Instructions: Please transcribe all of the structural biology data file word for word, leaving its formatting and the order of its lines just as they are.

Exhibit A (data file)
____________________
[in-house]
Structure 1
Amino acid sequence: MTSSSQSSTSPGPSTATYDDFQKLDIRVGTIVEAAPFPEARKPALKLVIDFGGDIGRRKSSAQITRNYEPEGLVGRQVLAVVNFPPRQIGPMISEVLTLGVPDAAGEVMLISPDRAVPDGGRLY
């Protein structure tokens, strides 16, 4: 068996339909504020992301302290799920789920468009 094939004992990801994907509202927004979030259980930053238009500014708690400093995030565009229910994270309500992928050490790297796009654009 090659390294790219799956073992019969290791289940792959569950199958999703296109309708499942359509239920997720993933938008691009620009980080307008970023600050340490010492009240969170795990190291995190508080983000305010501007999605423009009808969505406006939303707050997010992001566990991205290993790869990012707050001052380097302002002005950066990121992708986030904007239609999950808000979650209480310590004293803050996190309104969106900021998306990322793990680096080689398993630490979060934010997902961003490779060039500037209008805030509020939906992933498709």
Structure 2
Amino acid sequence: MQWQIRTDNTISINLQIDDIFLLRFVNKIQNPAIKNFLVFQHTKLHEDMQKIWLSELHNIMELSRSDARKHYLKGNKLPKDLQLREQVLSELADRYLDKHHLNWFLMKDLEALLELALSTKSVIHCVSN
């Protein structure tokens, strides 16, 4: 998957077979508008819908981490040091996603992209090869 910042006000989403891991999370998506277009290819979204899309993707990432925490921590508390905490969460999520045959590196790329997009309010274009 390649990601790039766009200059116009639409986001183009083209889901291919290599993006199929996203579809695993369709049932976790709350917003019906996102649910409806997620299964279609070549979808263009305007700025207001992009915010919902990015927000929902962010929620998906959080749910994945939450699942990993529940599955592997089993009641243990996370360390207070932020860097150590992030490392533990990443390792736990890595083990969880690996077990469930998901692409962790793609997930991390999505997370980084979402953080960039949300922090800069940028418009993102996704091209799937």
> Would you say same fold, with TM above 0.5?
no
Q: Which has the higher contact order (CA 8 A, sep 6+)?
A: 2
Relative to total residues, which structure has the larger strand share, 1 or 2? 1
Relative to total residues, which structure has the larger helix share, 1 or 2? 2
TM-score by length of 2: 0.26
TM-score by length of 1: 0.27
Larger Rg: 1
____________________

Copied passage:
[in-house]
Structure 1
Amino acid sequence: MTSSSQSSTSPGPSTATYDDFQKLDIRVGTIVEAAPFPEARKPALKLVIDFGGDIGRRKSSAQITRNYEPEGLVGRQVLAVVNFPPRQIGPMISEVLTLGVPDAAGEVMLISPDRAVPDGGRLY
């Protein structure tokens, strides 16, 4: 068996339909504020992301302290799920789920468009 094939004992990801994907509202927004979030259980930053238009500014708690400093995030565009229910994270309500992928050490790297796009654009 090659390294790219799956073992019969290791289940792959569950199958999703296109309708499942359509239920997720993933938008691009620009980080307008970023600050340490010492009240969170795990190291995190508080983000305010501007999605423009009808969505406006939303707050997010992001566990991205290993790869990012707050001052380097302002002005950066990121992708986030904007239609999950808000979650209480310590004293803050996190309104969106900021998306990322793990680096080689398993630490979060934010997902961003490779060039500037209008805030509020939906992933498709």
Structure 2
Amino acid sequence: MQWQIRTDNTISINLQIDDIFLLRFVNKIQNPAIKNFLVFQHTKLHEDMQKIWLSELHNIMELSRSDARKHYLKGNKLPKDLQLREQVLSELADRYLDKHHLNWFLMKDLEALLELALSTKSVIHCVSN
């Protein structure tokens, strides 16, 4: 998957077979508008819908981490040091996603992209090869 910042006000989403891991999370998506277009290819979204899309993707990432925490921590508390905490969460999520045959590196790329997009309010274009 390649990601790039766009200059116009639409986001183009083209889901291919290599993006199929996203579809695993369709049932976790709350917003019906996102649910409806997620299964279609070549979808263009305007700025207001992009915010919902990015927000929902962010929620998906959080749910994945939450699942990993529940599955592997089993009641243990996370360390207070932020860097150590992030490392533990990443390792736990890595083990969880690996077990469930998901692409962790793609997930991390999505997370980084979402953080960039949300922090800069940028418009993102996704091209799937």
> Would you say same fold, with TM above 0.5?
no
Q: Which has the higher contact order (CA 8 A, sep 6+)?
A: 2
Relative to total residues, which structure has the larger strand share, 1 or 2? 1
Relative to total residues, which structure has the larger helix share, 1 or 2? 2
TM-score by length of 2: 0.26
TM-score by length of 1: 0.27
Larger Rg: 1